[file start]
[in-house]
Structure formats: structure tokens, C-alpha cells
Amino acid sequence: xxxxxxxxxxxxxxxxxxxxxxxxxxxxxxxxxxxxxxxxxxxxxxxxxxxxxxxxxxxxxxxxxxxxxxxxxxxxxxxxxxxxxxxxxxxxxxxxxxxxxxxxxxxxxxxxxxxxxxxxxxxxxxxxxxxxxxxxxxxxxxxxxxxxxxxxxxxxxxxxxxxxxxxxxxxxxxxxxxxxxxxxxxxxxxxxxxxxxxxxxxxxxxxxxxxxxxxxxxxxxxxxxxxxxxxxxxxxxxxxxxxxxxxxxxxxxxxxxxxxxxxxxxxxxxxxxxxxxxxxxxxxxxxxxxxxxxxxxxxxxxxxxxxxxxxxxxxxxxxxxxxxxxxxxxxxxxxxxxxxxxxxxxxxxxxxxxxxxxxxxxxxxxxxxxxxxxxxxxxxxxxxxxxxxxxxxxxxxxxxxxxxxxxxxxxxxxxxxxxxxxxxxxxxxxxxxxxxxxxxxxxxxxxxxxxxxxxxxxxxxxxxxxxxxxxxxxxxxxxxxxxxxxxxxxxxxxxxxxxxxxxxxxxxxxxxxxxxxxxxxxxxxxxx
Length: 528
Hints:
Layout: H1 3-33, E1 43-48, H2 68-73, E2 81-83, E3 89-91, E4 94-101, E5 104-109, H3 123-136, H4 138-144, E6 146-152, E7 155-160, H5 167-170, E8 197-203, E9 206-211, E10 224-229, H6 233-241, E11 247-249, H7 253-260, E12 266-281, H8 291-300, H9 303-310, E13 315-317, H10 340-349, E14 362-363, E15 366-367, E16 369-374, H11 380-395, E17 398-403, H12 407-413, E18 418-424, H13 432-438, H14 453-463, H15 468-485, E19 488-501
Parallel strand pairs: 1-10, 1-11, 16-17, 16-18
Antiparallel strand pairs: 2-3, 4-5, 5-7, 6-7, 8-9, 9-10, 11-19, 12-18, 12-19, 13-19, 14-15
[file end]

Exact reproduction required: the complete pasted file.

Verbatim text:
[in-house]
Structure formats: structure tokens, C-alpha cells
Amino acid sequence: xxxxxxxxxxxxxxxxxxxxxxxxxxxxxxxxxxxxxxxxxxxxxxxxxxxxxxxxxxxxxxxxxxxxxxxxxxxxxxxxxxxxxxxxxxxxxxxxxxxxxxxxxxxxxxxxxxxxxxxxxxxxxxxxxxxxxxxxxxxxxxxxxxxxxxxxxxxxxxxxxxxxxxxxxxxxxxxxxxxxxxxxxxxxxxxxxxxxxxxxxxxxxxxxxxxxxxxxxxxxxxxxxxxxxxxxxxxxxxxxxxxxxxxxxxxxxxxxxxxxxxxxxxxxxxxxxxxxxxxxxxxxxxxxxxxxxxxxxxxxxxxxxxxxxxxxxxxxxxxxxxxxxxxxxxxxxxxxxxxxxxxxxxxxxxxxxxxxxxxxxxxxxxxxxxxxxxxxxxxxxxxxxxxxxxxxxxxxxxxxxxxxxxxxxxxxxxxxxxxxxxxxxxxxxxxxxxxxxxxxxxxxxxxxxxxxxxxxxxxxxxxxxxxxxxxxxxxxxxxxxxxxxxxxxxxxxxxxxxxxxxxxxxxxxxxxxxxxxxxxxxxxxxxx
Length: 528
Hints:
Layout: H1 3-33, E1 43-48, H2 68-73, E2 81-83, E3 89-91, E4 94-101, E5 104-109, H3 123-136, H4 138-144, E6 146-152, E7 155-160, H5 167-170, E8 197-203, E9 206-211, E10 224-229, H6 233-241, E11 247-249, H7 253-260, E12 266-281, H8 291-300, H9 303-310, E13 315-317, H10 340-349, E14 362-363, E15 366-367, E16 369-374, H11 380-395, E17 398-403, H12 407-413, E18 418-424, H13 432-438, H14 453-463, H15 468-485, E19 488-501
Parallel strand pairs: 1-10, 1-11, 16-17, 16-18
Antiparallel strand pairs: 2-3, 4-5, 5-7, 6-7, 8-9, 9-10, 11-19, 12-18, 12-19, 13-19, 14-15